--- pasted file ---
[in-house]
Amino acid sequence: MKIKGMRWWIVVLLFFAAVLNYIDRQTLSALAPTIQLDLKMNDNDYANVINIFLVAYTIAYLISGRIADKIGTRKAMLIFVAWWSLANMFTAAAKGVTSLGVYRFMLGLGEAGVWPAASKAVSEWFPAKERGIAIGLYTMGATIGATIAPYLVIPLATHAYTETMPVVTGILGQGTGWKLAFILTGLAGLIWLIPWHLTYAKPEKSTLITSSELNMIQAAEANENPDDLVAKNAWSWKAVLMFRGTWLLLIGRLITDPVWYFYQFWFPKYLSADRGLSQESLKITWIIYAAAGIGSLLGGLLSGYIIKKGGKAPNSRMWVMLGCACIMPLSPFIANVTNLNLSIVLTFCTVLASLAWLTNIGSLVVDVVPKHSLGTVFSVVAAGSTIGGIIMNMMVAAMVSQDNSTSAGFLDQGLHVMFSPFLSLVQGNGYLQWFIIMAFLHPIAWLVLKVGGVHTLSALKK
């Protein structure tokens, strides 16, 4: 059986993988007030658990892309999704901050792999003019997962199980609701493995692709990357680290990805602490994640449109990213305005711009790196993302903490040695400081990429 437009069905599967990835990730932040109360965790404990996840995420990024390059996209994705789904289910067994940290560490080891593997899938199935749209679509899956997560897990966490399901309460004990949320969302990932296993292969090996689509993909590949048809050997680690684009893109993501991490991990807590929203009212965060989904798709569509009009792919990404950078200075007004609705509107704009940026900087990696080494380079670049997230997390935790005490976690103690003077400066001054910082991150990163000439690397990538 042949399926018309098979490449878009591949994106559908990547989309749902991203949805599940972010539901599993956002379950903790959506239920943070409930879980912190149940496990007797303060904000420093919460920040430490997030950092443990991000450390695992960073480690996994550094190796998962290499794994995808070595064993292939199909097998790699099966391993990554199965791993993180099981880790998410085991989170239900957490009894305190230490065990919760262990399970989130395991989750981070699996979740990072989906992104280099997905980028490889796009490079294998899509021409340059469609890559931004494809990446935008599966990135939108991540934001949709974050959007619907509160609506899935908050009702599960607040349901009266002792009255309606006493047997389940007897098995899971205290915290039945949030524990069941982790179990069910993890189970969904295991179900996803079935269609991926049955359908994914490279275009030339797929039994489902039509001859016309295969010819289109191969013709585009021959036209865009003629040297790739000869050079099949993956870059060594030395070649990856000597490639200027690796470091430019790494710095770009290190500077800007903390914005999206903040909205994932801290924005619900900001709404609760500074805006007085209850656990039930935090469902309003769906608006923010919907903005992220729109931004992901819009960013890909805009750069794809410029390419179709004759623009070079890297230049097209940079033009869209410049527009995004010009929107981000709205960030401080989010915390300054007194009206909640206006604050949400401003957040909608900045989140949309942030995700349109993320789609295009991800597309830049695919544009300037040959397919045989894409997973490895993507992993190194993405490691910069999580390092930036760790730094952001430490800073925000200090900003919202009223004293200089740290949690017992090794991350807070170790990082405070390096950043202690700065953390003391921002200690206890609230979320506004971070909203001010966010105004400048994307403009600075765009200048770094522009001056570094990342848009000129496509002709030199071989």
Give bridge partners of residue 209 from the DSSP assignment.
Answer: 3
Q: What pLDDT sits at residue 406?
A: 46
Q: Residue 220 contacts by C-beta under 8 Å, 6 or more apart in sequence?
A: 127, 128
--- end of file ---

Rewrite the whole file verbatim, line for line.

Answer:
[in-house]
Amino acid sequence: MKIKGMRWWIVVLLFFAAVLNYIDRQTLSALAPTIQLDLKMNDNDYANVINIFLVAYTIAYLISGRIADKIGTRKAMLIFVAWWSLANMFTAAAKGVTSLGVYRFMLGLGEAGVWPAASKAVSEWFPAKERGIAIGLYTMGATIGATIAPYLVIPLATHAYTETMPVVTGILGQGTGWKLAFILTGLAGLIWLIPWHLTYAKPEKSTLITSSELNMIQAAEANENPDDLVAKNAWSWKAVLMFRGTWLLLIGRLITDPVWYFYQFWFPKYLSADRGLSQESLKITWIIYAAAGIGSLLGGLLSGYIIKKGGKAPNSRMWVMLGCACIMPLSPFIANVTNLNLSIVLTFCTVLASLAWLTNIGSLVVDVVPKHSLGTVFSVVAAGSTIGGIIMNMMVAAMVSQDNSTSAGFLDQGLHVMFSPFLSLVQGNGYLQWFIIMAFLHPIAWLVLKVGGVHTLSALKK
């Protein structure tokens, strides 16, 4: 059986993988007030658990892309999704901050792999003019997962199980609701493995692709990357680290990805602490994640449109990213305005711009790196993302903490040695400081990429 437009069905599967990835990730932040109360965790404990996840995420990024390059996209994705789904289910067994940290560490080891593997899938199935749209679509899956997560897990966490399901309460004990949320969302990932296993292969090996689509993909590949048809050997680690684009893109993501991490991990807590929203009212965060989904798709569509009009792919990404950078200075007004609705509107704009940026900087990696080494380079670049997230997390935790005490976690103690003077400066001054910082991150990163000439690397990538 042949399926018309098979490449878009591949994106559908990547989309749902991203949805599940972010539901599993956002379950903790959506239920943070409930879980912190149940496990007797303060904000420093919460920040430490997030950092443990991000450390695992960073480690996994550094190796998962290499794994995808070595064993292939199909097998790699099966391993990554199965791993993180099981880790998410085991989170239900957490009894305190230490065990919760262990399970989130395991989750981070699996979740990072989906992104280099997905980028490889796009490079294998899509021409340059469609890559931004494809990446935008599966990135939108991540934001949709974050959007619907509160609506899935908050009702599960607040349901009266002792009255309606006493047997389940007897098995899971205290915290039945949030524990069941982790179990069910993890189970969904295991179900996803079935269609991926049955359908994914490279275009030339797929039994489902039509001859016309295969010819289109191969013709585009021959036209865009003629040297790739000869050079099949993956870059060594030395070649990856000597490639200027690796470091430019790494710095770009290190500077800007903390914005999206903040909205994932801290924005619900900001709404609760500074805006007085209850656990039930935090469902309003769906608006923010919907903005992220729109931004992901819009960013890909805009750069794809410029390419179709004759623009070079890297230049097209940079033009869209410049527009995004010009929107981000709205960030401080989010915390300054007194009206909640206006604050949400401003957040909608900045989140949309942030995700349109993320789609295009991800597309830049695919544009300037040959397919045989894409997973490895993507992993190194993405490691910069999580390092930036760790730094952001430490800073925000200090900003919202009223004293200089740290949690017992090794991350807070170790990082405070390096950043202690700065953390003391921002200690206890609230979320506004971070909203001010966010105004400048994307403009600075765009200048770094522009001056570094990342848009000129496509002709030199071989």
Give bridge partners of residue 209 from the DSSP assignment.
Answer: 3
Q: What pLDDT sits at residue 406?
A: 46
Q: Residue 220 contacts by C-beta under 8 Å, 6 or more apart in sequence?
A: 127, 128